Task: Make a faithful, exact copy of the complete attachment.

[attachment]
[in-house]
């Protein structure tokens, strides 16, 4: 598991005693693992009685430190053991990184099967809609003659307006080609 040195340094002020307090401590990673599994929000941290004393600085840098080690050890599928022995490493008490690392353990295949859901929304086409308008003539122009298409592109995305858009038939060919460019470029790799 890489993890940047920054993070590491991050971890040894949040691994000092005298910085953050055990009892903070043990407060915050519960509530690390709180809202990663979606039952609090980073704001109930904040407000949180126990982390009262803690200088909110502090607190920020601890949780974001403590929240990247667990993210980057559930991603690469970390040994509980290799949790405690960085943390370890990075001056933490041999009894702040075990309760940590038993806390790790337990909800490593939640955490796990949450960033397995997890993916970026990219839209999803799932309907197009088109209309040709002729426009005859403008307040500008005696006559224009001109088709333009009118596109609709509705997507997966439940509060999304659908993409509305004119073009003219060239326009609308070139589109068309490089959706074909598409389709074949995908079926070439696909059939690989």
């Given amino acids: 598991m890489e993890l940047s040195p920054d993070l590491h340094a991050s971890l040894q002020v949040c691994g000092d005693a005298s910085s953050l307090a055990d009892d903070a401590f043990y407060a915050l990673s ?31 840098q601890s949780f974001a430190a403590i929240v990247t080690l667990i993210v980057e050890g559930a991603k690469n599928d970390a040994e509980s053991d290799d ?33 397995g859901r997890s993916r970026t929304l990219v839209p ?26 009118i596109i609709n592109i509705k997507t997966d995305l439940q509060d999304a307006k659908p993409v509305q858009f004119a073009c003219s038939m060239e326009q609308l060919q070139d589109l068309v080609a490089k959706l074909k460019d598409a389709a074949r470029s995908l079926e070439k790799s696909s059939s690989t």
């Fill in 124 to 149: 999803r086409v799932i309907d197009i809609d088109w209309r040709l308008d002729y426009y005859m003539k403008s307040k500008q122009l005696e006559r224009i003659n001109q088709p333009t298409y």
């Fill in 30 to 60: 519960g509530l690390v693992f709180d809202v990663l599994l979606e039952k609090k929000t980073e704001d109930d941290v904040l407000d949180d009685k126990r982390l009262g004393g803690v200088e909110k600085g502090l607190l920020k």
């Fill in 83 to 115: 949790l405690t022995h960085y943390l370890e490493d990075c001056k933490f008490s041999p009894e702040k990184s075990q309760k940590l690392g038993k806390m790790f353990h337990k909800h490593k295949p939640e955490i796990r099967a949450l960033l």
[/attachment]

[in-house]
């Protein structure tokens, strides 16, 4: 598991005693693992009685430190053991990184099967809609003659307006080609 040195340094002020307090401590990673599994929000941290004393600085840098080690050890599928022995490493008490690392353990295949859901929304086409308008003539122009298409592109995305858009038939060919460019470029790799 890489993890940047920054993070590491991050971890040894949040691994000092005298910085953050055990009892903070043990407060915050519960509530690390709180809202990663979606039952609090980073704001109930904040407000949180126990982390009262803690200088909110502090607190920020601890949780974001403590929240990247667990993210980057559930991603690469970390040994509980290799949790405690960085943390370890990075001056933490041999009894702040075990309760940590038993806390790790337990909800490593939640955490796990949450960033397995997890993916970026990219839209999803799932309907197009088109209309040709002729426009005859403008307040500008005696006559224009001109088709333009009118596109609709509705997507997966439940509060999304659908993409509305004119073009003219060239326009609308070139589109068309490089959706074909598409389709074949995908079926070439696909059939690989």
């Given amino acids: 598991m890489e993890l940047s040195p920054d993070l590491h340094a991050s971890l040894q002020v949040c691994g000092d005693a005298s910085s953050l307090a055990d009892d903070a401590f043990y407060a915050l990673s ?31 840098q601890s949780f974001a430190a403590i929240v990247t080690l667990i993210v980057e050890g559930a991603k690469n599928d970390a040994e509980s053991d290799d ?33 397995g859901r997890s993916r970026t929304l990219v839209p ?26 009118i596109i609709n592109i509705k997507t997966d995305l439940q509060d999304a307006k659908p993409v509305q858009f004119a073009c003219s038939m060239e326009q609308l060919q070139d589109l068309v080609a490089k959706l074909k460019d598409a389709a074949r470029s995908l079926e070439k790799s696909s059939s690989t």
């Fill in 124 to 149: 999803r086409v799932i309907d197009i809609d088109w209309r040709l308008d002729y426009y005859m003539k403008s307040k500008q122009l005696e006559r224009i003659n001109q088709p333009t298409y």
């Fill in 30 to 60: 519960g509530l690390v693992f709180d809202v990663l599994l979606e039952k609090k929000t980073e704001d109930d941290v904040l407000d949180d009685k126990r982390l009262g004393g803690v200088e909110k600085g502090l607190l920020k």
């Fill in 83 to 115: 949790l405690t022995h960085y943390l370890e490493d990075c001056k933490f008490s041999p009894e702040k990184s075990q309760k940590l690392g038993k806390m790790f353990h337990k909800h490593k295949p939640e955490i796990r099967a949450l960033l």